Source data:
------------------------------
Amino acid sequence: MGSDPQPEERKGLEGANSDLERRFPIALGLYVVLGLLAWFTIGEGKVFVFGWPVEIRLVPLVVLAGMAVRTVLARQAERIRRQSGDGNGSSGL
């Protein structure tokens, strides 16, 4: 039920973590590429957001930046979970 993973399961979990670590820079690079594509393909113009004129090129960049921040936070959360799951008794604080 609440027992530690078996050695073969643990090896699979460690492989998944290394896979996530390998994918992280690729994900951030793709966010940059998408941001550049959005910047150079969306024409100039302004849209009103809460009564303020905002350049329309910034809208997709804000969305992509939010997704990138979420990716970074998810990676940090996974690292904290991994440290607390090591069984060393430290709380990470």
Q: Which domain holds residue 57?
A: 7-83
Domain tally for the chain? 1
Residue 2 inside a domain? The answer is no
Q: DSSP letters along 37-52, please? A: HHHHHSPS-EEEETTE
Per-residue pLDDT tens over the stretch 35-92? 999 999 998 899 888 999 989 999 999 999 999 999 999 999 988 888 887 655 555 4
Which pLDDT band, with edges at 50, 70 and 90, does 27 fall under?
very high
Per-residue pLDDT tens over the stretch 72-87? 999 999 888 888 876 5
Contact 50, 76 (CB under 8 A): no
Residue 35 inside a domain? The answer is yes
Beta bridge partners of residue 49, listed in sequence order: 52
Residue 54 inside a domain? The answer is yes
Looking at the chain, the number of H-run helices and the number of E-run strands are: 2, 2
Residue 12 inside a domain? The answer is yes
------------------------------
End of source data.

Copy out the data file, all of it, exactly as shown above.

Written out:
Amino acid sequence: MGSDPQPEERKGLEGANSDLERRFPIALGLYVVLGLLAWFTIGEGKVFVFGWPVEIRLVPLVVLAGMAVRTVLARQAERIRRQSGDGNGSSGL
């Protein structure tokens, strides 16, 4: 039920973590590429957001930046979970 993973399961979990670590820079690079594509393909113009004129090129960049921040936070959360799951008794604080 609440027992530690078996050695073969643990090896699979460690492989998944290394896979996530390998994918992280690729994900951030793709966010940059998408941001550049959005910047150079969306024409100039302004849209009103809460009564303020905002350049329309910034809208997709804000969305992509939010997704990138979420990716970074998810990676940090996974690292904290991994440290607390090591069984060393430290709380990470």
Q: Which domain holds residue 57?
A: 7-83
Domain tally for the chain? 1
Residue 2 inside a domain? The answer is no
Q: DSSP letters along 37-52, please? A: HHHHHSPS-EEEETTE
Per-residue pLDDT tens over the stretch 35-92? 999 999 998 899 888 999 989 999 999 999 999 999 999 999 988 888 887 655 555 4
Which pLDDT band, with edges at 50, 70 and 90, does 27 fall under?
very high
Per-residue pLDDT tens over the stretch 72-87? 999 999 888 888 876 5
Contact 50, 76 (CB under 8 A): no
Residue 35 inside a domain? The answer is yes
Beta bridge partners of residue 49, listed in sequence order: 52
Residue 54 inside a domain? The answer is yes
Looking at the chain, the number of H-run helices and the number of E-run strands are: 2, 2
Residue 12 inside a domain? The answer is yes